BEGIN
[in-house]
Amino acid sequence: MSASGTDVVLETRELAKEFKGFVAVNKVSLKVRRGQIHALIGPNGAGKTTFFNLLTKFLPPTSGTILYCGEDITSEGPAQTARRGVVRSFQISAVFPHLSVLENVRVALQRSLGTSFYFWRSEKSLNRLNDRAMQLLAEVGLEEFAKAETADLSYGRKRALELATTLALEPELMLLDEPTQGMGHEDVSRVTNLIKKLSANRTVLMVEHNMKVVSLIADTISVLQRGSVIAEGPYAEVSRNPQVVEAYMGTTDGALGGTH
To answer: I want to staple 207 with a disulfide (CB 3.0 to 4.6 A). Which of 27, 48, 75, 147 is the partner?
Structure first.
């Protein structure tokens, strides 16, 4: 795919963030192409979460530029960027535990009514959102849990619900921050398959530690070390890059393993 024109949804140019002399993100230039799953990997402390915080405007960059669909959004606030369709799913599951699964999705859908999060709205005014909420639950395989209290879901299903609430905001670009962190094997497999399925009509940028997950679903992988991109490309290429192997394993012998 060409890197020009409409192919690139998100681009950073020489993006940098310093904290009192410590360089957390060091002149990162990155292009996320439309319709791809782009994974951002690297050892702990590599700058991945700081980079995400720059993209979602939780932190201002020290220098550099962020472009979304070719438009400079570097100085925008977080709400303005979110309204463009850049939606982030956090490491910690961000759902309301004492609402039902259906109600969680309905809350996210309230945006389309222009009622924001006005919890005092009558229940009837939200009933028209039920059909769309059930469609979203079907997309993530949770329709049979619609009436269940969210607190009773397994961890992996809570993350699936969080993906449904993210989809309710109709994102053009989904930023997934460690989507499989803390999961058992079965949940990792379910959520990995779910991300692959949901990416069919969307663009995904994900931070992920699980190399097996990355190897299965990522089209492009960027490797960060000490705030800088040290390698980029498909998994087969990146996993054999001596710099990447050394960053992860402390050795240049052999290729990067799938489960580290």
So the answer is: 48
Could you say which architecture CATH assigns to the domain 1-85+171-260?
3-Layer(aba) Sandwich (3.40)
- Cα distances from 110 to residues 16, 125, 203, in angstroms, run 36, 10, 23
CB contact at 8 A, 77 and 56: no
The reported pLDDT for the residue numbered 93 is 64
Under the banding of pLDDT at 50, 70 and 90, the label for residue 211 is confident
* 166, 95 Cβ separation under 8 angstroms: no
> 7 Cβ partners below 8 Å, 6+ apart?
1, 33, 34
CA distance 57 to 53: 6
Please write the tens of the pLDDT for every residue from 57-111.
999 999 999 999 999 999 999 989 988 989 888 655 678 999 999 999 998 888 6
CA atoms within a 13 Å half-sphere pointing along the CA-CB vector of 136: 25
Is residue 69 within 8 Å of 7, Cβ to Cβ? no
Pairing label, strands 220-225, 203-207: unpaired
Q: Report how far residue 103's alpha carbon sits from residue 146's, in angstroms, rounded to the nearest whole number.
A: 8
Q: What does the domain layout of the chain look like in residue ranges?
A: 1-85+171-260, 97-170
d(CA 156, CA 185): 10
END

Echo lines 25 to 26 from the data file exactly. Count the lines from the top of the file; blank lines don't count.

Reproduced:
A: 1-85+171-260, 97-170
d(CA 156, CA 185): 10